Forms of Talk

Forms of Talk

Forms of Talk

Forms of Talk

Synopsis

Forms of Talk extends Erving Goffman's interactional analyses of face-to-face communication to ordinary conversations and vebal exchanges. In this, his most sociolinguistic work, Goffman relates to certain forms of talk some of the issues that concerned him in his work on frame analysis. This book brings together five of Goffman's essays: "Replies and Responses," "Response Cries," "Footing," "The Lecture," and "Radio Talk."

Of lasting value in Goffman's work is his insistence that behavior-verbal or nonverbal-be examined along with the context of that behavior. In all of these classic essays, there is a "topic" at hand for discussion and analysis. In addition, as those familiar with Goffman's work have come to expect, there is the wider context in which the topic can be viewed and related to other topics-a characteristic move of Goffman's that has made his work so necessary for students of interaction in many disciplines.

Excerpt

The five papers in this volume were written between 1974 and 1980, and are arranged in order of their completion. All deal with talk, and mainly the speaker's side of it. The first three were published as journal articles; they have been slightly revised. The last two are printed here for the first time. The three published papers are analytic and programmatic, leading to the very general statement in the third, the paper called "Footing." The two new papers could stand as substantive application of notions developed in the analytic ones. All the papers (least so the first) are written around the same frame-analytic themes, so the whole has something more than topical coherence. The whole also contains a very considerable amount of repetition. I state this last without much apology. The ideas purport to be general (in the sense of always applicable), and worth testing out. This is the warrant for repeated approaches from different angles and the eventual retracing of practically everything. Yet, of course, none of the concepts elaborated may have a future. So I ask that these papers be taken for what they merely are: exercises, trials, tryouts, a means of displaying possibilities, not establishing fact. This asking may be a lot, for the papers are proclamatory in style, as much distended by formulary optimism as most other endeavors in this field.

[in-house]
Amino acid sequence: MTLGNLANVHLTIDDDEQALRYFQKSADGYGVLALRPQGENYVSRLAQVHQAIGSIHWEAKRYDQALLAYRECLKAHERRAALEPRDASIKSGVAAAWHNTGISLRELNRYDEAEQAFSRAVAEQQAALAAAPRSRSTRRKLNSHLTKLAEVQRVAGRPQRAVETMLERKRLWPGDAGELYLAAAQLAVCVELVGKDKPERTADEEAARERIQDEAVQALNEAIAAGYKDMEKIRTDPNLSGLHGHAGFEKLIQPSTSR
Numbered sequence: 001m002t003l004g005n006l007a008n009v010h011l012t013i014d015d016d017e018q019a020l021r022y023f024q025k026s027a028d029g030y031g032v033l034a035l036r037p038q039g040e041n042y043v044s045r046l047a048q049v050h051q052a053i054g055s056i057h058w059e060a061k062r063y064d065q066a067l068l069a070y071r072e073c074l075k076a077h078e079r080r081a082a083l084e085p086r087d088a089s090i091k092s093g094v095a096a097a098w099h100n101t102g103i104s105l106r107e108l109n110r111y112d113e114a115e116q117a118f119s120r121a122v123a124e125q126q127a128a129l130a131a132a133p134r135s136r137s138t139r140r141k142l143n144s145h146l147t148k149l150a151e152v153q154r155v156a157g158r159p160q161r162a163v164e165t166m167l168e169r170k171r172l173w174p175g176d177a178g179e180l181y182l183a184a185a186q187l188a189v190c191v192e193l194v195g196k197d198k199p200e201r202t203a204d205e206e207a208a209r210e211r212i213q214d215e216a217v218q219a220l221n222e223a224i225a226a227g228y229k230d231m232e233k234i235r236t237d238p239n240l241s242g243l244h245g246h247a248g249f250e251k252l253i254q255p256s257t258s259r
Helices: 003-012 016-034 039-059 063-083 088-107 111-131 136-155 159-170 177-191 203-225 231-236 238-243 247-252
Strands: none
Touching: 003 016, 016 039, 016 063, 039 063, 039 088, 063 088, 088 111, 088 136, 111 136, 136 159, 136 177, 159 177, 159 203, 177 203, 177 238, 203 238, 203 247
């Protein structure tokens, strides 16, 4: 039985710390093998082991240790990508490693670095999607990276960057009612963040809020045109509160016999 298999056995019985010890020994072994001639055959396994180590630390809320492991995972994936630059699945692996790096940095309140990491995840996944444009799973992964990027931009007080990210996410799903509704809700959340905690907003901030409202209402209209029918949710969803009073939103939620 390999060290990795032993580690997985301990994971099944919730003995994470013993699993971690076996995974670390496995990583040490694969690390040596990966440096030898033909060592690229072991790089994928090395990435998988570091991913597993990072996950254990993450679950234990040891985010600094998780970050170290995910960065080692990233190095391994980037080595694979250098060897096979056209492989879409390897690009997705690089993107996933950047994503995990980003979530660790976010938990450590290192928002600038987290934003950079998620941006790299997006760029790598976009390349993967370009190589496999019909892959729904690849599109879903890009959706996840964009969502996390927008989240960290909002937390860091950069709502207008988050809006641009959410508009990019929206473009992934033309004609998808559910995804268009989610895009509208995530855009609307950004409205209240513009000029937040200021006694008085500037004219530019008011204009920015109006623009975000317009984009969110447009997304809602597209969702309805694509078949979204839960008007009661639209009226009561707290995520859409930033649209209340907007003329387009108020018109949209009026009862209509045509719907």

II

Everyone knows that when individuals in the presence of others respond to events, their glances, looks, and postural shifts carry all kinds of implication and meaning. When in these settings . . .

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